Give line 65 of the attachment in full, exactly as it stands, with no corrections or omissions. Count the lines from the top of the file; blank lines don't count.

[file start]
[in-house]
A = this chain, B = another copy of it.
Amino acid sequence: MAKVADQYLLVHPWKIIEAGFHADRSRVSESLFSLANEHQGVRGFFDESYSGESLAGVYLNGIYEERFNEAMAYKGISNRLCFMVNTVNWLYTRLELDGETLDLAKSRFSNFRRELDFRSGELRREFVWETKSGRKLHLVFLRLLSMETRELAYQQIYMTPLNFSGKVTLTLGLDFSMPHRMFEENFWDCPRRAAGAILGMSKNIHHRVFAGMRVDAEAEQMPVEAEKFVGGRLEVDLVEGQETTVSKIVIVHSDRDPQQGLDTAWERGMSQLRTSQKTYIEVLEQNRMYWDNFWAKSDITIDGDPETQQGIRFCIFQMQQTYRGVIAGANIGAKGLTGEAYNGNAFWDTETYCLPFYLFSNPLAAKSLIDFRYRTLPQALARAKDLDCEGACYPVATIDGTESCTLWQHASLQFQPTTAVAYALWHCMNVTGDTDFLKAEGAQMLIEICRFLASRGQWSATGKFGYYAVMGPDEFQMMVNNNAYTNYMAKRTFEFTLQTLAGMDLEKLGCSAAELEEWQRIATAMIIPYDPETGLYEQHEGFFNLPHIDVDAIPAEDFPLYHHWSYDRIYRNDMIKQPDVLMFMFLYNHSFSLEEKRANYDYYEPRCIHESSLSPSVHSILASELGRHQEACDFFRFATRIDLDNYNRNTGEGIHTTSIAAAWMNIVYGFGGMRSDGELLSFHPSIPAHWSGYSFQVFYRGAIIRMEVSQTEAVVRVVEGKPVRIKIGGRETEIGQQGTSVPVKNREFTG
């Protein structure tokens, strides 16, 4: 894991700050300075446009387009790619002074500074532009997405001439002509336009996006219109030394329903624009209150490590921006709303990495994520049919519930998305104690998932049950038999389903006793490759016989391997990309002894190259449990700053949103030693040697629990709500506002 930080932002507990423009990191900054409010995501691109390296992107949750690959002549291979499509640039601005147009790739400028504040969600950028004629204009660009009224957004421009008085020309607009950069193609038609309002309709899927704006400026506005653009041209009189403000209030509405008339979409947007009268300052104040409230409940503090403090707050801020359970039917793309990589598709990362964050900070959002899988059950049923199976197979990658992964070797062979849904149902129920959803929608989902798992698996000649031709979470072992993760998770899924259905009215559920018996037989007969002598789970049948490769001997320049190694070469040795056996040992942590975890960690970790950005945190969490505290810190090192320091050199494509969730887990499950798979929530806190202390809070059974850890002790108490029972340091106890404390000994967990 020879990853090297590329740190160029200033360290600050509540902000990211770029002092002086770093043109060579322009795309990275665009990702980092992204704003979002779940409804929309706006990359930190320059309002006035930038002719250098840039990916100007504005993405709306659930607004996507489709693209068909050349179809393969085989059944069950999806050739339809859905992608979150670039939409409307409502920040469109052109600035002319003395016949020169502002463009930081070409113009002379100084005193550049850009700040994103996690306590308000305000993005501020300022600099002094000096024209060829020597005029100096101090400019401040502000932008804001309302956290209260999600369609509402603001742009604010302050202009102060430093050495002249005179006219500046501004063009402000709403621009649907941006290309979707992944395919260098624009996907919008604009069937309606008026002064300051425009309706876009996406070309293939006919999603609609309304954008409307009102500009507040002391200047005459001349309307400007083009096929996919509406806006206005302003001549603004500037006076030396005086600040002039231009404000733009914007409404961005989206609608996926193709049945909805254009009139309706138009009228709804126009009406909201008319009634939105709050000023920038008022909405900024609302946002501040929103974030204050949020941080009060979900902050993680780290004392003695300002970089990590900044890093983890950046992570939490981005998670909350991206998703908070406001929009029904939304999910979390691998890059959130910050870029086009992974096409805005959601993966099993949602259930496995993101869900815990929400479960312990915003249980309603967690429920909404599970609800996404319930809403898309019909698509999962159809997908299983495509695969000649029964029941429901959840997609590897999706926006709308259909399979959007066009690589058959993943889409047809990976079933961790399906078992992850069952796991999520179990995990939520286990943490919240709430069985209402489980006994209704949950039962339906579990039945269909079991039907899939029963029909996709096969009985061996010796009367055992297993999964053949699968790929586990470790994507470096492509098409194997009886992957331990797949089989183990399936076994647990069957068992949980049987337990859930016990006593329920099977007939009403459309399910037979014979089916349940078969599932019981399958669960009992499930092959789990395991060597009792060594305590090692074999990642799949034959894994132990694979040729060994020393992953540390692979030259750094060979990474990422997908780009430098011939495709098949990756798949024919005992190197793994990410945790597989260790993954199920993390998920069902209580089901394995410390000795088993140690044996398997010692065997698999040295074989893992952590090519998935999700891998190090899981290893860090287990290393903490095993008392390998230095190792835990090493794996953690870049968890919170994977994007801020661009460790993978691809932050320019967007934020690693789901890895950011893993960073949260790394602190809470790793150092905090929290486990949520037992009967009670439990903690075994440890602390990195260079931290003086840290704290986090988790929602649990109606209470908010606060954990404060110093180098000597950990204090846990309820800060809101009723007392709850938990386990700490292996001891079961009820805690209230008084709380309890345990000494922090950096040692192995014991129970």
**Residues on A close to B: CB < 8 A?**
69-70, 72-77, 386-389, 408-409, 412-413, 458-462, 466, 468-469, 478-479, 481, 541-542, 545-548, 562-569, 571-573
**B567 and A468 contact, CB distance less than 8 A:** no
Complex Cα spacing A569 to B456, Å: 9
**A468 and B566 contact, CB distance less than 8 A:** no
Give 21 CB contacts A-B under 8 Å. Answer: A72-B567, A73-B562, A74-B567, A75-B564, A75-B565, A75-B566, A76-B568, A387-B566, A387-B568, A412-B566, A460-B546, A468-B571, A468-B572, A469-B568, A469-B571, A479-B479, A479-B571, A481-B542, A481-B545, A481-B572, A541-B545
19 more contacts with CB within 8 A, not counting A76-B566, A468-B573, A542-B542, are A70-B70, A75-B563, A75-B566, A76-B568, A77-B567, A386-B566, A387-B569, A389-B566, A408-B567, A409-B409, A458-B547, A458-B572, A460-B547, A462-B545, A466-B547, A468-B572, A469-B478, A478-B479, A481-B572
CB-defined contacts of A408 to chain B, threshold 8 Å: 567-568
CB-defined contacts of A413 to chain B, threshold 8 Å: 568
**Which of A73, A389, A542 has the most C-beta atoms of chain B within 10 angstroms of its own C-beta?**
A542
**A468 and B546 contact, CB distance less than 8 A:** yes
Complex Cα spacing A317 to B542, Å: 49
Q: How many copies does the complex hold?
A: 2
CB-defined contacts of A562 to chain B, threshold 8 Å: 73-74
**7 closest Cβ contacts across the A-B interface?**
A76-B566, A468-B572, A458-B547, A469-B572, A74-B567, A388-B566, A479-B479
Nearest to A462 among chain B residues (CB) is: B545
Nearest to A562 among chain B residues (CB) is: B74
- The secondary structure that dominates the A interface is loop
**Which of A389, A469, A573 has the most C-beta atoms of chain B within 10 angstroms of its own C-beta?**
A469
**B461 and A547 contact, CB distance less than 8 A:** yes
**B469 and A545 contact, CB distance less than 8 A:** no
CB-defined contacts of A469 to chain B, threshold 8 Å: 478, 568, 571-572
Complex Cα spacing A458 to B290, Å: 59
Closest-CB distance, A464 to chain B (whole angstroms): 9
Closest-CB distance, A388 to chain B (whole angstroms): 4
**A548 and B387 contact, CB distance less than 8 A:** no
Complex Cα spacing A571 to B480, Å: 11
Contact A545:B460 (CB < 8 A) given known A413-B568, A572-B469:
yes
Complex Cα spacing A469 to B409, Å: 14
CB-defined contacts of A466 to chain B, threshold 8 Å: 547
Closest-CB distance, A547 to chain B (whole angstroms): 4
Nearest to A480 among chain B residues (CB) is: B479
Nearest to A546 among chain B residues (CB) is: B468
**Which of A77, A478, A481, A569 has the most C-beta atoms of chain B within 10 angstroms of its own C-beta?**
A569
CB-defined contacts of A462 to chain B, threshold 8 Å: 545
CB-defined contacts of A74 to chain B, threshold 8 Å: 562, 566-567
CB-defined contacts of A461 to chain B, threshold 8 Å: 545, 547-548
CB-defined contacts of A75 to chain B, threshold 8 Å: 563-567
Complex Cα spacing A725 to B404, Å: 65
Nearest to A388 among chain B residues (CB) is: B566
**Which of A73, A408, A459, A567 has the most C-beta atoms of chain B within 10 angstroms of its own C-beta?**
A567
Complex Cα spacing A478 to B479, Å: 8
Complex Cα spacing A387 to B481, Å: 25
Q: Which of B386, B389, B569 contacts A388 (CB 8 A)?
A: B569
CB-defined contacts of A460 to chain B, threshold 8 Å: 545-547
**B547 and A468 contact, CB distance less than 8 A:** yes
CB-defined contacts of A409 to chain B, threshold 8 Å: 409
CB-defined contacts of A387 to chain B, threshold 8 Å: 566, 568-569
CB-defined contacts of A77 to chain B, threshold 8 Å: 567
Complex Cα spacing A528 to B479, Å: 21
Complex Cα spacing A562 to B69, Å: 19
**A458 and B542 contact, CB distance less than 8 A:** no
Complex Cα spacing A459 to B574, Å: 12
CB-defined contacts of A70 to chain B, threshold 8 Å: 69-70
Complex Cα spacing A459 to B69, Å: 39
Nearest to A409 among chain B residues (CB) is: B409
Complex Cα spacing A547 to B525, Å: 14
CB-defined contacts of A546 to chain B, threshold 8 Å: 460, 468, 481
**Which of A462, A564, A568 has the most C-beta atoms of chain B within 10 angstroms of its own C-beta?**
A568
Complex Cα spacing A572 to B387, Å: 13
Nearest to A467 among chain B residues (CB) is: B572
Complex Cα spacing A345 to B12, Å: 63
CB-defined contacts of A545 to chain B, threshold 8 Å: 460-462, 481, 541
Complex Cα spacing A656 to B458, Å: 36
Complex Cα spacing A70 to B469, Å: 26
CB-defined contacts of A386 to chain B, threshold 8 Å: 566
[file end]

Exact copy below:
Complex Cα spacing A459 to B574, Å: 12